November 4, 2009, Updated September 14, 2012

A team of Israeli speech and hearing specialists is restoring the hearing of adults and kids in predominantly Muslim Azerbaijan, far from the ears of the media.


Outside the audible range of the international media’s “ears” positive stories are brewing between the Jewish State of Israel and nearby Muslim countries. It’s time to turn up the volume. The latest project takes place in Azerbaijan, where a team of Israeli specialists has been restoring the hearing of Azerbaijani adults and children.

At the end of August, Anat Kochva and four speech and hearing specialists from the Hedim Institute that she founded in Israel, headed to the capital city of Baku in Azerbaijan, a country that shares a border with Iran to the south, and Armenia to the west.

They were allotted a few hospital rooms, and using whatever equipment they had managed to carry with them, in a short period the Israelis saw about 150 Azerbaijanis, many of whom had been told that they might never hear again. The Israeli team fitted 70 people with hearing aids and pledged to return to Baku with more equipment.

For the longer-term, Kochva tells ISRAEL21c, she hopes to see a commitment on the part of the Azerbaijan government to create training programs so that local qualified professionals will be able to diagnose and treat their peoples’ hearing problems: “… since it appears that they have no plans for training programs [on how to identify hearing problems] in small babies and children, we will come and help them to plan an educational training system,” she promises.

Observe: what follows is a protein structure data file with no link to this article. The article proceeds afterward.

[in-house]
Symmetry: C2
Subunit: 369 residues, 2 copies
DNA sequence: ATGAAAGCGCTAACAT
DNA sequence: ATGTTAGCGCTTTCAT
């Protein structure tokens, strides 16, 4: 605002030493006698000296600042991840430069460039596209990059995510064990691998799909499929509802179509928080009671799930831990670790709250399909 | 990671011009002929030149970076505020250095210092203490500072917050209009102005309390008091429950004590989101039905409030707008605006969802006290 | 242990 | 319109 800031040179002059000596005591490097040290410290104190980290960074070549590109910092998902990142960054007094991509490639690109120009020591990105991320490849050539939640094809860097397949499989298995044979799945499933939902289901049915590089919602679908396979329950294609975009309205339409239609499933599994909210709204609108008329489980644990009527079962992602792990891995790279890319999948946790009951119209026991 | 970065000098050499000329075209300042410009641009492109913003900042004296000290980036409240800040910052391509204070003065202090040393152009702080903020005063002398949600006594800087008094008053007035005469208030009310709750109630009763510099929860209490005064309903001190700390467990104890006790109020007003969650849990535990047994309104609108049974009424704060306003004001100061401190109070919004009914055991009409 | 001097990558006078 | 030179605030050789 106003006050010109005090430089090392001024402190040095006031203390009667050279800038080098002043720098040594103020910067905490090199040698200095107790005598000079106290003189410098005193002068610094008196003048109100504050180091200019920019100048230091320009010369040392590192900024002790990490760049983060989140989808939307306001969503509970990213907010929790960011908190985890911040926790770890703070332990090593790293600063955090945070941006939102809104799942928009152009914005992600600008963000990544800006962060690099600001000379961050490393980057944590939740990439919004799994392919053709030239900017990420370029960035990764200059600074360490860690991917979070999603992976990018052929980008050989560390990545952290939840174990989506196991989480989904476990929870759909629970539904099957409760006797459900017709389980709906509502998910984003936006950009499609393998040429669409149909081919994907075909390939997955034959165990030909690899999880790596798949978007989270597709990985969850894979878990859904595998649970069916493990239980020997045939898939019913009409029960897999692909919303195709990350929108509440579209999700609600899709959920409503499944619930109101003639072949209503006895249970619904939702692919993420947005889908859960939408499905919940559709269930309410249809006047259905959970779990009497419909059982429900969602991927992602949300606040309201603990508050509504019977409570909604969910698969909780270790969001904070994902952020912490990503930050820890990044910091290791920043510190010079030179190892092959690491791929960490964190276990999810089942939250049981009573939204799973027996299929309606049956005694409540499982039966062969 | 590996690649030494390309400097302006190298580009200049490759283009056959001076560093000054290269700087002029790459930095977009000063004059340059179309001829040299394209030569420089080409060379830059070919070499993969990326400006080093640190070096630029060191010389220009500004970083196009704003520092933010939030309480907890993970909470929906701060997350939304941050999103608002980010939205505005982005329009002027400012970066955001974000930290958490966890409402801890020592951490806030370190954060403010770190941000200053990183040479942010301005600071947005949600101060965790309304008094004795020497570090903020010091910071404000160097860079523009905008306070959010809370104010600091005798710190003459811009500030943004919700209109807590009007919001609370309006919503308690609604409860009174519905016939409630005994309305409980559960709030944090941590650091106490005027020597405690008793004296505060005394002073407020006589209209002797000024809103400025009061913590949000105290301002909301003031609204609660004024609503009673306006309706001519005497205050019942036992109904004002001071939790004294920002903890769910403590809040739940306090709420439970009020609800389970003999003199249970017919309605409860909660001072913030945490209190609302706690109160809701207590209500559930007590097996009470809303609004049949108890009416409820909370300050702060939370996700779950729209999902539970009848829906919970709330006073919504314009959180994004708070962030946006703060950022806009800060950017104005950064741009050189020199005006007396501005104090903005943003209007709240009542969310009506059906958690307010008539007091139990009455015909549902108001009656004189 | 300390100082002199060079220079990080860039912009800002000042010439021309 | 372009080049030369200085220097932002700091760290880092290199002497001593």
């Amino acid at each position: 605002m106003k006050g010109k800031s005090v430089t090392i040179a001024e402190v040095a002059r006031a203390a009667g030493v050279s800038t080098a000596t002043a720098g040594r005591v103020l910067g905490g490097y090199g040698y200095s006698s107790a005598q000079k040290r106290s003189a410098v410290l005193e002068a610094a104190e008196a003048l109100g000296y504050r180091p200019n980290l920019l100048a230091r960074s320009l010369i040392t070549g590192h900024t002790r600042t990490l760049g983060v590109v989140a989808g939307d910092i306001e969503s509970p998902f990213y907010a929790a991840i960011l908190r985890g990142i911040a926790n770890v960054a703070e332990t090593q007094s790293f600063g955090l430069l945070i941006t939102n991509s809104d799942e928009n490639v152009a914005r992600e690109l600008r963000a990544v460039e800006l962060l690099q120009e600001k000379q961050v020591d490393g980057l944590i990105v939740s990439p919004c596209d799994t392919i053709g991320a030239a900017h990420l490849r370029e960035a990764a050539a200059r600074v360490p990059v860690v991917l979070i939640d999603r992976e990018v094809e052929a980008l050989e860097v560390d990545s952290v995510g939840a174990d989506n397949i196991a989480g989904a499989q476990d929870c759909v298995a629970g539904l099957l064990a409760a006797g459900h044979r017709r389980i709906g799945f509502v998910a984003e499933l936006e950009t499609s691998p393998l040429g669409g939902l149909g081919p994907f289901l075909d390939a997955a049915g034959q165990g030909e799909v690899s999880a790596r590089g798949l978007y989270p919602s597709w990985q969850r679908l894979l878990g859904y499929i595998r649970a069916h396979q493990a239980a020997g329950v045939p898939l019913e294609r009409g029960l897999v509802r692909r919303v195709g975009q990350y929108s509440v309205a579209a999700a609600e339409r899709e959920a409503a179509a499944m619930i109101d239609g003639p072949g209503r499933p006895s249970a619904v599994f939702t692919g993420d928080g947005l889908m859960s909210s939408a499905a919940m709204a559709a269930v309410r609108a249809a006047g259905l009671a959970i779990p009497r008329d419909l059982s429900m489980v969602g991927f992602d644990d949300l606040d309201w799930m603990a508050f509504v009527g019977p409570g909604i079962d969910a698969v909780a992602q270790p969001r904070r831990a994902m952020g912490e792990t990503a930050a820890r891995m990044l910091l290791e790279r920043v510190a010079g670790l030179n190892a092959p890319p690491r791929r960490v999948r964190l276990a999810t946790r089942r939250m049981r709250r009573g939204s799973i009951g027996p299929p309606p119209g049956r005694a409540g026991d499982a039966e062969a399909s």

But Kochva doesn’t want just to provide handouts. She’s hoping for a willing partner she can trust. “If you change programs [in the government] you must put some efforts into local training and education,” she stresses.

Hearing their cries

In and around Baku, “We saw a very low level of knowledge of treating problems in our field and we could only bless what we have in Israel compared to what they have in Azerbaijan,” Kochva recounts. This applies to both services and treatment facilities for children, and the overall approach to hearing problems, she adds.

When a problem is identified at a young age, “They isolate children in closed schools and they don’t try to mix them with the hearing population. And the level of services there, like hearing rehabilitation and diagnostics at an early age, providing hearing aids and all that is involved, including rehab, is so low. In the 35 years I’ve been working in this field, I have never seen such low levels [of care],” she laments.

Among those treated by her team was 16-year-old Ahmadli Nijad, deaf since birth. Nijad was born with severe hearing problems that worsened as he grew older. Local doctors told his family that he would never hear, but the Israeli group proved Nijad’s doctors wrong by fitting him with a hearing aid device that works.

The idea of helping Azerbaijanis to hear was first proposed by Nati Marcus and the government of Israel. Marcus is an Israeli businessman who for several years has been helping people to see in developing countries by providing free eye operations through his non-government, non-profit organization an “Eye From Zion.”

Muslims who are happy to be helped by Jews